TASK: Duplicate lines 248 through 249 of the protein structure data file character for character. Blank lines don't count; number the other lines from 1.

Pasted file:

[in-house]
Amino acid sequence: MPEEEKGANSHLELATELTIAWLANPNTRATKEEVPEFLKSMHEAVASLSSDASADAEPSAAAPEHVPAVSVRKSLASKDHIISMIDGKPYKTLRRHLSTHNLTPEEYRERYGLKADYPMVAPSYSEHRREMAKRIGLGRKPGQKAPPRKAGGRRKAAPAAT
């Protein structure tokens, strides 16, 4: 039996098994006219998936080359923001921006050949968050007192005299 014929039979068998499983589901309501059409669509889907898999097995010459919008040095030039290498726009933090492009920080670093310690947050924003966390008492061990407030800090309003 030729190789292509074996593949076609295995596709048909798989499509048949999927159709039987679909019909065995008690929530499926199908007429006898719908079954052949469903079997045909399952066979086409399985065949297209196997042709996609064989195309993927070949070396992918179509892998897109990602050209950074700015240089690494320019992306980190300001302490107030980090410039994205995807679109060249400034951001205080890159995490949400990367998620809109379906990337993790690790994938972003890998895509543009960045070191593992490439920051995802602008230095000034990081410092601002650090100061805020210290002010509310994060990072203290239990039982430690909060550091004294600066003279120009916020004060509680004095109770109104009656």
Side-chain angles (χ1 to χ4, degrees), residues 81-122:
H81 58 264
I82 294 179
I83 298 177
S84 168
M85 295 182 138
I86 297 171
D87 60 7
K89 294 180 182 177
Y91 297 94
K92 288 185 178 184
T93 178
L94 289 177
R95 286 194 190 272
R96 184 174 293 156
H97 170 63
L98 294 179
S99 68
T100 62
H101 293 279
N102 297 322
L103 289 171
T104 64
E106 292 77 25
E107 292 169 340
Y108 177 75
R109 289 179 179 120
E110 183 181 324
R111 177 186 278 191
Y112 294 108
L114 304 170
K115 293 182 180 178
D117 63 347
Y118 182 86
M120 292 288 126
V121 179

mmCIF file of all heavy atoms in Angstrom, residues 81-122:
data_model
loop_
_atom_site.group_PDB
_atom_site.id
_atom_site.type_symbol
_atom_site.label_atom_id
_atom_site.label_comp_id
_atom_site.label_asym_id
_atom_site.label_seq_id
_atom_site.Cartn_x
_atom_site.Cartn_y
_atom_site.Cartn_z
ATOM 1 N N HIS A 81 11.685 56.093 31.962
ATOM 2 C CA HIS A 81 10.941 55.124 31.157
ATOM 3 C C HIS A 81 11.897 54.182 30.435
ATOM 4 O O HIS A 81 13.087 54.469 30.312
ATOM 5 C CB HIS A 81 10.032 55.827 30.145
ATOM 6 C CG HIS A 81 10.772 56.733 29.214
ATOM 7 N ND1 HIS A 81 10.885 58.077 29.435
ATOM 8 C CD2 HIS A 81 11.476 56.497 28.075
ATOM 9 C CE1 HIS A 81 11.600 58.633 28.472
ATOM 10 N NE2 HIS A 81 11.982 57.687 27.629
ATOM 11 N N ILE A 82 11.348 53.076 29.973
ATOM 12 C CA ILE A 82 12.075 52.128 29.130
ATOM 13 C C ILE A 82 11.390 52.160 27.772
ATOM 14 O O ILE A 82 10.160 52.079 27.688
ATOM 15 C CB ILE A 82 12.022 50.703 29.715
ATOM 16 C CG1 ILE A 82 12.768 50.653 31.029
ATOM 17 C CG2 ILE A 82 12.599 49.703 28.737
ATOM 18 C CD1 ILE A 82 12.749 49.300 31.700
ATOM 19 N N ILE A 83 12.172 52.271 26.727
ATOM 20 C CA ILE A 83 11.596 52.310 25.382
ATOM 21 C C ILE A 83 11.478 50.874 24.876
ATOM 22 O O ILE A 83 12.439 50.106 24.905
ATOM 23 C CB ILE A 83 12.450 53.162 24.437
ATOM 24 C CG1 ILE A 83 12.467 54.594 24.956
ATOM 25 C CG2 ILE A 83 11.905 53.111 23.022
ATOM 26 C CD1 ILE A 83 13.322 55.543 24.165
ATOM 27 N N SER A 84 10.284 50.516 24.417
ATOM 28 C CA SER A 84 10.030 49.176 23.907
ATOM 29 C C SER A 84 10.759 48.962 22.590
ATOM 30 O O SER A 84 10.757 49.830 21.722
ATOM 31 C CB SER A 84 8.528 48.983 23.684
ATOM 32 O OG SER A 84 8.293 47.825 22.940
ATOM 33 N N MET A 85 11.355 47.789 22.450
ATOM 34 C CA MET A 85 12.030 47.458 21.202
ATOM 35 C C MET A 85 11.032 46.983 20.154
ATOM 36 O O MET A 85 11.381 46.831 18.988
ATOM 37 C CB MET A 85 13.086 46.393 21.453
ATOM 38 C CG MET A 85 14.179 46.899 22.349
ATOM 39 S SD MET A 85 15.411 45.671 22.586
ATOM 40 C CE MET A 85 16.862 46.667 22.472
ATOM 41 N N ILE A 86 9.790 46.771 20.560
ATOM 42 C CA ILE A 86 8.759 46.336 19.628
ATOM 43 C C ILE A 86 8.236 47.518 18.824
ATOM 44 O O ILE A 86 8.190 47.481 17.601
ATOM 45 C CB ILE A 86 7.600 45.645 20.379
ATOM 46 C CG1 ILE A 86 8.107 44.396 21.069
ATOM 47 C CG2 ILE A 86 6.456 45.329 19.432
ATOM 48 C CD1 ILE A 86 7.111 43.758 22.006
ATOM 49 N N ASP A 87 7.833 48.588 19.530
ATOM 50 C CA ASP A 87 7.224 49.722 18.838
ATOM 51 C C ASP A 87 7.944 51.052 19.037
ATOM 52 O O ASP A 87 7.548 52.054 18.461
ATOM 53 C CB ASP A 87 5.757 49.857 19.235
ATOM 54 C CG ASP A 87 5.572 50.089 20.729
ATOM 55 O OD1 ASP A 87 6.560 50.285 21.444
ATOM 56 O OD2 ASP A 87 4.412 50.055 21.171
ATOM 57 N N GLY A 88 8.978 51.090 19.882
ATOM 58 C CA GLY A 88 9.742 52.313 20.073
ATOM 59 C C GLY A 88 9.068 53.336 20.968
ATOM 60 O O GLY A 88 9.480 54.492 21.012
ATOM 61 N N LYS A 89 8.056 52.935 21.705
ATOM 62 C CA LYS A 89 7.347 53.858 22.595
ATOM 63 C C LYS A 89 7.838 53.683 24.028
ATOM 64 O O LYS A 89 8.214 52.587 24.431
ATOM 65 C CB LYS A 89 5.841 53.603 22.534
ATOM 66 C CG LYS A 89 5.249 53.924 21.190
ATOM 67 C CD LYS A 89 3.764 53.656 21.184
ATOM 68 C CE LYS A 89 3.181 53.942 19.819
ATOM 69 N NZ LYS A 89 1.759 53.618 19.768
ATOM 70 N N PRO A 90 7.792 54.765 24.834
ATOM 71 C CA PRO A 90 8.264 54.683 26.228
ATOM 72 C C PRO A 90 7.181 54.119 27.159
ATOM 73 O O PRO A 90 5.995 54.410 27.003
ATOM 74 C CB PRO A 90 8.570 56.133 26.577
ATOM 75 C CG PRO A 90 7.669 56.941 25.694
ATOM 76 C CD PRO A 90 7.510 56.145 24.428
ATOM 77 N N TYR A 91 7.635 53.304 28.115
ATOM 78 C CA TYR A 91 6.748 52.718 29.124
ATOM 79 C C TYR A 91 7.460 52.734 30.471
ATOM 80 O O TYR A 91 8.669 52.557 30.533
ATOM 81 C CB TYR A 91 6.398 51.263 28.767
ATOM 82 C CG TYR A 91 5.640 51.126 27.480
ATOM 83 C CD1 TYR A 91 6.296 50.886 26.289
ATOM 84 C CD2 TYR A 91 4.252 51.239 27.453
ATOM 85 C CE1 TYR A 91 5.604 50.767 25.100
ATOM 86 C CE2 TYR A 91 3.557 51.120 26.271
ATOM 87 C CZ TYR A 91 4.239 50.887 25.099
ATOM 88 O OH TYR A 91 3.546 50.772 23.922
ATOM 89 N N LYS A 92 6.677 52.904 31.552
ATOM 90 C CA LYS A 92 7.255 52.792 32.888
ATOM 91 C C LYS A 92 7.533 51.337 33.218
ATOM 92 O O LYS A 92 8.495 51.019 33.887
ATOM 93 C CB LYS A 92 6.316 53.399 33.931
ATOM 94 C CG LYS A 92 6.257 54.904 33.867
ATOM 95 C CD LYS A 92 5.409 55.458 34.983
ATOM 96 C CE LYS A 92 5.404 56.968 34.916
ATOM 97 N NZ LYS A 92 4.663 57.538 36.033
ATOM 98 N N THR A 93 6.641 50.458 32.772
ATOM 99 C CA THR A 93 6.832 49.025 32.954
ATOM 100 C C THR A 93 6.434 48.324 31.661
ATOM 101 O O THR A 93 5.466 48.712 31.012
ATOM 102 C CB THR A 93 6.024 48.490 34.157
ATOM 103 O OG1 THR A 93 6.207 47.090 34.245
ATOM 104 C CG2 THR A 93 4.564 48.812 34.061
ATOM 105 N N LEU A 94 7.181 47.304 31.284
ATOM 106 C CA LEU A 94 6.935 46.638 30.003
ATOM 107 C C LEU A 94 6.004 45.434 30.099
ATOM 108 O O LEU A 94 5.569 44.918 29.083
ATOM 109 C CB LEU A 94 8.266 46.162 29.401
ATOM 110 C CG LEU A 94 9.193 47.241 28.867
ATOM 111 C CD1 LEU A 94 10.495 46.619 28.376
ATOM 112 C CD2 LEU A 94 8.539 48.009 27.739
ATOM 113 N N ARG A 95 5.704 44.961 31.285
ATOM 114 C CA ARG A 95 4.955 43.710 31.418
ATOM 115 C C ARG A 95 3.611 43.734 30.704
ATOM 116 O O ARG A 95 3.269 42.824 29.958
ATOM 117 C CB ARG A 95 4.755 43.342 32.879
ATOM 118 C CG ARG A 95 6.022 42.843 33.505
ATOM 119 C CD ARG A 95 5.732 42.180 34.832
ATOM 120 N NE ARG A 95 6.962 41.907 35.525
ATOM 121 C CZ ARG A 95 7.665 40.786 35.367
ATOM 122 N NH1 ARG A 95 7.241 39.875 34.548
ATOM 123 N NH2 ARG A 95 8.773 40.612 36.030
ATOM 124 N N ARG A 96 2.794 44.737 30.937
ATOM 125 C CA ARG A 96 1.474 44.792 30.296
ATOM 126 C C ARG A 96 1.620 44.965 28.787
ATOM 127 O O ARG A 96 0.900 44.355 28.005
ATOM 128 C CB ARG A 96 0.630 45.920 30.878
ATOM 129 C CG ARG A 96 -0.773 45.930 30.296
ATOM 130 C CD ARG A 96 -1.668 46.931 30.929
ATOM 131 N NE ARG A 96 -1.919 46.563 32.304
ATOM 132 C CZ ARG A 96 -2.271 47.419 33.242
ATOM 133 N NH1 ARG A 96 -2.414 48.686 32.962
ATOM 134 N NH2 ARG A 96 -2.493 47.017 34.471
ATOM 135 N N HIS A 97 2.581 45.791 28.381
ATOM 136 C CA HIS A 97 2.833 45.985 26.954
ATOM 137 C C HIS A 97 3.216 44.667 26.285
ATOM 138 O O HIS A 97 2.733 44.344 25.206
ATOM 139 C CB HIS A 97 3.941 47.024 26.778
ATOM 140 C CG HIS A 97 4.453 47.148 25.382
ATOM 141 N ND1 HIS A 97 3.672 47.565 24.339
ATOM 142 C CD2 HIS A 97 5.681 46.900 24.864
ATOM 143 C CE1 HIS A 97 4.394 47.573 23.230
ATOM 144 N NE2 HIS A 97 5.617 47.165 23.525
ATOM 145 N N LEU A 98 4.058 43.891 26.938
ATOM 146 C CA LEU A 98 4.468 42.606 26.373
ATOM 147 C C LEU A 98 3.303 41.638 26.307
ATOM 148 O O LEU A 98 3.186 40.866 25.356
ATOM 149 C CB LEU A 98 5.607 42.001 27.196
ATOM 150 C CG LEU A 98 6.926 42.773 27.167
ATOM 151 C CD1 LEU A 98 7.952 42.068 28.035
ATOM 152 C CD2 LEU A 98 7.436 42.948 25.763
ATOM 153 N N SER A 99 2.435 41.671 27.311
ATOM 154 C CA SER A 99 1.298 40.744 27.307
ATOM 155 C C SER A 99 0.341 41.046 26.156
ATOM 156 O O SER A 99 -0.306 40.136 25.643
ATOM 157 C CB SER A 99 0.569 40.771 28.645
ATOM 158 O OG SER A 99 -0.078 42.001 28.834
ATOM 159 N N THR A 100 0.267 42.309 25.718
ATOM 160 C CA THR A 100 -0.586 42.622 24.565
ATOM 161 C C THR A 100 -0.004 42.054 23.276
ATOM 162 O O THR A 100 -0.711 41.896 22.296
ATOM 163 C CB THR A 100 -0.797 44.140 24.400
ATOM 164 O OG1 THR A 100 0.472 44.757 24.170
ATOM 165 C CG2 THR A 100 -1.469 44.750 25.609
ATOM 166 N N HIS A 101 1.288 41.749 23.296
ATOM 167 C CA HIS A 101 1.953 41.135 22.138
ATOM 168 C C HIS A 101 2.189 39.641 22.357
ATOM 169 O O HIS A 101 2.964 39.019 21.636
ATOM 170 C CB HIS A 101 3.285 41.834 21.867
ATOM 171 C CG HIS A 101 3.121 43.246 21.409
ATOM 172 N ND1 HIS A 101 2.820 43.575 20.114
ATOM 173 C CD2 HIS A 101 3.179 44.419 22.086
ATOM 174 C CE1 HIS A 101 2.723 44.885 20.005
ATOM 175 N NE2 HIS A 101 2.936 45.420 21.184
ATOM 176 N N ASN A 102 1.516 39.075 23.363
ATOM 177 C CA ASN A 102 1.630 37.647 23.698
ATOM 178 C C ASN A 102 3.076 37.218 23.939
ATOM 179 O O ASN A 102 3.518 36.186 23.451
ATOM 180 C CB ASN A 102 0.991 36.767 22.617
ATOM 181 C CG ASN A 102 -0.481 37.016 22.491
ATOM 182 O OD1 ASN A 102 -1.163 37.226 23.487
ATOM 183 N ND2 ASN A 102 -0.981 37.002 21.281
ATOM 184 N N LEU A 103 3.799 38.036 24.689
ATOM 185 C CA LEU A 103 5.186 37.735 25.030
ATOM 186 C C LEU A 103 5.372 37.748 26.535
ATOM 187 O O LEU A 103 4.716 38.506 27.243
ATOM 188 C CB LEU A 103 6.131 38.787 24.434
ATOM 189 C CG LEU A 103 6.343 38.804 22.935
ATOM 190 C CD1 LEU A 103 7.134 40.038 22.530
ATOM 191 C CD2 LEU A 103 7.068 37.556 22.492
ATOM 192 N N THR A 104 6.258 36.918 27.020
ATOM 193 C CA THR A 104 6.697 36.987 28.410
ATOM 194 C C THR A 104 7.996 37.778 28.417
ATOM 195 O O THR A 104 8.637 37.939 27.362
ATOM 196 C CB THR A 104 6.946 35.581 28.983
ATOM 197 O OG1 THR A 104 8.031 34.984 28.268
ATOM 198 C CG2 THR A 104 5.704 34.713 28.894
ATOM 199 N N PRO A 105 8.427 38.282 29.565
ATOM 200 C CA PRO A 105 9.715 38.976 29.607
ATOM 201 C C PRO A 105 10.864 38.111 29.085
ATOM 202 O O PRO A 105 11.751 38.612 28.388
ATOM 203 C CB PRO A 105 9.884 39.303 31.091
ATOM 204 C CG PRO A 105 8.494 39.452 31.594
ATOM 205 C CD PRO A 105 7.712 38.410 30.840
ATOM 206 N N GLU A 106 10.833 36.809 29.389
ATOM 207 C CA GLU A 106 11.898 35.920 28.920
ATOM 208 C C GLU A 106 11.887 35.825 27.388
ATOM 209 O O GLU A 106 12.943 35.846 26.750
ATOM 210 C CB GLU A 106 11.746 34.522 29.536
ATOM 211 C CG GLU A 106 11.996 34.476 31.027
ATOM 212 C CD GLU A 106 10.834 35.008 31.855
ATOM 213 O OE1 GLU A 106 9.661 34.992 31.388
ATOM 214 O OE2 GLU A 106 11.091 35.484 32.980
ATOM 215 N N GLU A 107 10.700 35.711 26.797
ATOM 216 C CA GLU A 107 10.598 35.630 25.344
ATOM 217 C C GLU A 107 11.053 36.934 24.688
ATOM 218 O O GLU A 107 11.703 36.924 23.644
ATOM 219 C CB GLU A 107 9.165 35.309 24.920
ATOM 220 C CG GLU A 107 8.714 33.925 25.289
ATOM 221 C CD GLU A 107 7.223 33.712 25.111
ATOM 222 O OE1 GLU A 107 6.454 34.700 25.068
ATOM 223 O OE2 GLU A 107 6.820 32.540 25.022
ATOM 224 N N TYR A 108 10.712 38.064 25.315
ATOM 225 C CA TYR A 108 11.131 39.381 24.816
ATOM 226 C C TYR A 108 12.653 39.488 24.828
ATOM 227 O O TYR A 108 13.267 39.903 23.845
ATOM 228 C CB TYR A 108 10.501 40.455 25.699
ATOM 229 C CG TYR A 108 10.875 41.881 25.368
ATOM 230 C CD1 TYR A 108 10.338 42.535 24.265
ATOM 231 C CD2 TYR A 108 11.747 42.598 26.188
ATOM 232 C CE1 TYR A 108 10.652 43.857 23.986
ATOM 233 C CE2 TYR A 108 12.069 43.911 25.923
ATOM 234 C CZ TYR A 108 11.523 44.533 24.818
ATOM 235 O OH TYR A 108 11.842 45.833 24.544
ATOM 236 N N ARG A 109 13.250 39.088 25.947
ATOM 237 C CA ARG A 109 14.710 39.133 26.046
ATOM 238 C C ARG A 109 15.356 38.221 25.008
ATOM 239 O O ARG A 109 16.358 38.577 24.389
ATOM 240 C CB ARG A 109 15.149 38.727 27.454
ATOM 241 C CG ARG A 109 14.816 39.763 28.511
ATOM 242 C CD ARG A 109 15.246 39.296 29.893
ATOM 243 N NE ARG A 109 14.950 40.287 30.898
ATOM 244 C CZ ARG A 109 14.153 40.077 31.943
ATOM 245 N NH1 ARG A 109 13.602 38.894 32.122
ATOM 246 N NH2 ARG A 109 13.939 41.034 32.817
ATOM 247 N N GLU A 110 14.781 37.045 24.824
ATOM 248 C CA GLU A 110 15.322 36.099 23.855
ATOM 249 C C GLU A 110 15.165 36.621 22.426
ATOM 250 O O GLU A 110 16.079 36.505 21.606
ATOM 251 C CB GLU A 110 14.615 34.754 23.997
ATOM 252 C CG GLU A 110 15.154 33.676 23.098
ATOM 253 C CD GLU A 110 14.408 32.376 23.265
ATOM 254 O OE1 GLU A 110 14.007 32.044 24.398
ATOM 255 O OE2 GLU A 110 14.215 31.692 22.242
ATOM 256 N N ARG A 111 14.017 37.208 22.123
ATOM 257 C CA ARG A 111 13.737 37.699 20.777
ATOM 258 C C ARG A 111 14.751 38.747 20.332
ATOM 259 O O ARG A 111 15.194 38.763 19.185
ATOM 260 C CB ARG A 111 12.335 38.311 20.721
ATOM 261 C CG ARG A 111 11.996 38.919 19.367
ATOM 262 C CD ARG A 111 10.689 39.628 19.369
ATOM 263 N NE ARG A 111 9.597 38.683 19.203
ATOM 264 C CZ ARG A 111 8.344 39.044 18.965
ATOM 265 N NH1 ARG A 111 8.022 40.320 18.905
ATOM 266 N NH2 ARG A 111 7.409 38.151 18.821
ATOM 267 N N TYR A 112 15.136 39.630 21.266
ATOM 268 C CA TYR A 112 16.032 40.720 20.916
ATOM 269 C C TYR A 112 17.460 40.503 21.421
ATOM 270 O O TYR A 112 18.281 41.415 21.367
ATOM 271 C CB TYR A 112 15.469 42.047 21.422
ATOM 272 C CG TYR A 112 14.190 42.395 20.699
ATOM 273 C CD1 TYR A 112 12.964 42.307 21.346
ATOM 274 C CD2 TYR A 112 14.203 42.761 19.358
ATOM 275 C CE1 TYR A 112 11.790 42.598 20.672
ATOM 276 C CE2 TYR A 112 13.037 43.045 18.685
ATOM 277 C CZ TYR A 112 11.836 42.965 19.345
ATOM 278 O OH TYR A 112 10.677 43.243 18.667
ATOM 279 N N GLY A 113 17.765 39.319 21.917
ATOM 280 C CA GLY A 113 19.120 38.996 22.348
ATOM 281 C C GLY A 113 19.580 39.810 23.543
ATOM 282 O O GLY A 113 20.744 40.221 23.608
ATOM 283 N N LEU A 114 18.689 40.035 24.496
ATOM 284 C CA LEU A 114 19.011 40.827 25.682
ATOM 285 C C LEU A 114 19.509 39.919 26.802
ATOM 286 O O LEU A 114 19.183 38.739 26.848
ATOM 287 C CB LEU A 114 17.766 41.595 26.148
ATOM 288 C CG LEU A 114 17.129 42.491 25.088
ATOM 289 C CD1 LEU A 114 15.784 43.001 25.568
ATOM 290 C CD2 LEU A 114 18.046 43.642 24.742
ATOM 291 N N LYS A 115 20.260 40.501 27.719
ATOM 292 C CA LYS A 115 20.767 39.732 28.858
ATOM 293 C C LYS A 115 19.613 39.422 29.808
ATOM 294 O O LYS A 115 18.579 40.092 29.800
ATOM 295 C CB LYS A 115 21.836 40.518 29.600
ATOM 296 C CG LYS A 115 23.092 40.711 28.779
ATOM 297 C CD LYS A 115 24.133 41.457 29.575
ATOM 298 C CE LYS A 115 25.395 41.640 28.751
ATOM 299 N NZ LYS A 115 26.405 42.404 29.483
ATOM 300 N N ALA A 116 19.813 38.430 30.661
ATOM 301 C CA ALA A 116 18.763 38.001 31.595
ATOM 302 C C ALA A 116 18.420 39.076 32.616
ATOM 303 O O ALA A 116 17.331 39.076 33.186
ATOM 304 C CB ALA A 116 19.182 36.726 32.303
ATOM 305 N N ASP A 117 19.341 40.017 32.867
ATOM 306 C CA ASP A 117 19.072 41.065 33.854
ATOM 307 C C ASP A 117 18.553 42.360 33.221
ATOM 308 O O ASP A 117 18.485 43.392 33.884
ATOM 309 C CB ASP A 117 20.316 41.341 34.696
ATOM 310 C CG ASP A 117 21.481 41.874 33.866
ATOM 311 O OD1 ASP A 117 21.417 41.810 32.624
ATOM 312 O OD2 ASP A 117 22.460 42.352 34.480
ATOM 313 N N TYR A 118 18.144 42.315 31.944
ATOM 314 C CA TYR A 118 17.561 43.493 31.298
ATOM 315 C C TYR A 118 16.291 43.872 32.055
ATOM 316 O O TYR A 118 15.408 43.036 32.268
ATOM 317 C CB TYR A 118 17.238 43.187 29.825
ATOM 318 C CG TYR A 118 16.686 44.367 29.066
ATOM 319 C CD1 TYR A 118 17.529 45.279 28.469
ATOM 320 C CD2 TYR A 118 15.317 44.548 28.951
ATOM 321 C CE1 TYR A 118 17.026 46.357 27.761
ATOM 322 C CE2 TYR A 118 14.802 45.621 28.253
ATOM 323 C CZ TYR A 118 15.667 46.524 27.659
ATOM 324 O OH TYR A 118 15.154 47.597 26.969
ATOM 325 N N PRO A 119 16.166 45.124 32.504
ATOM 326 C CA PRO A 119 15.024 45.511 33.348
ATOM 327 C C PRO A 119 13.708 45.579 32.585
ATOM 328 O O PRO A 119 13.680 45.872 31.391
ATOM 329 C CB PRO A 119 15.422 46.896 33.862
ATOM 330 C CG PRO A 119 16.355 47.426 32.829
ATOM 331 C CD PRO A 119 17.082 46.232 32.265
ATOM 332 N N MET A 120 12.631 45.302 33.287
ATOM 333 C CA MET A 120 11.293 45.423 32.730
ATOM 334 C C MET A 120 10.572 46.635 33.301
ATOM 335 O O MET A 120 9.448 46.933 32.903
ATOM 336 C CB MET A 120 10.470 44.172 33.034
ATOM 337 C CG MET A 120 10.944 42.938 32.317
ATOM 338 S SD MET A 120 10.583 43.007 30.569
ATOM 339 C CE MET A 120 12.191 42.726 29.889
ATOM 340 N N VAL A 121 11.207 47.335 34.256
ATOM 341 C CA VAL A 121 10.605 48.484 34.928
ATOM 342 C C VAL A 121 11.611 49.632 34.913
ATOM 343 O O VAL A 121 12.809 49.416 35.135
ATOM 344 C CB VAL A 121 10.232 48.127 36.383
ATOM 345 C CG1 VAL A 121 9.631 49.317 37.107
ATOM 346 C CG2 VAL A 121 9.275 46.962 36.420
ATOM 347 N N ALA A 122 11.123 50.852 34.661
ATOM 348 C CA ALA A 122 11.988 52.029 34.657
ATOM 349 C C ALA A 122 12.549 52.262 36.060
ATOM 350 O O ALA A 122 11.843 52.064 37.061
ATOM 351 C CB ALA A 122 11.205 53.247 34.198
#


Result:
ATOM 196 C CB THR A 104 6.946 35.581 28.983
ATOM 197 O OG1 THR A 104 8.031 34.984 28.268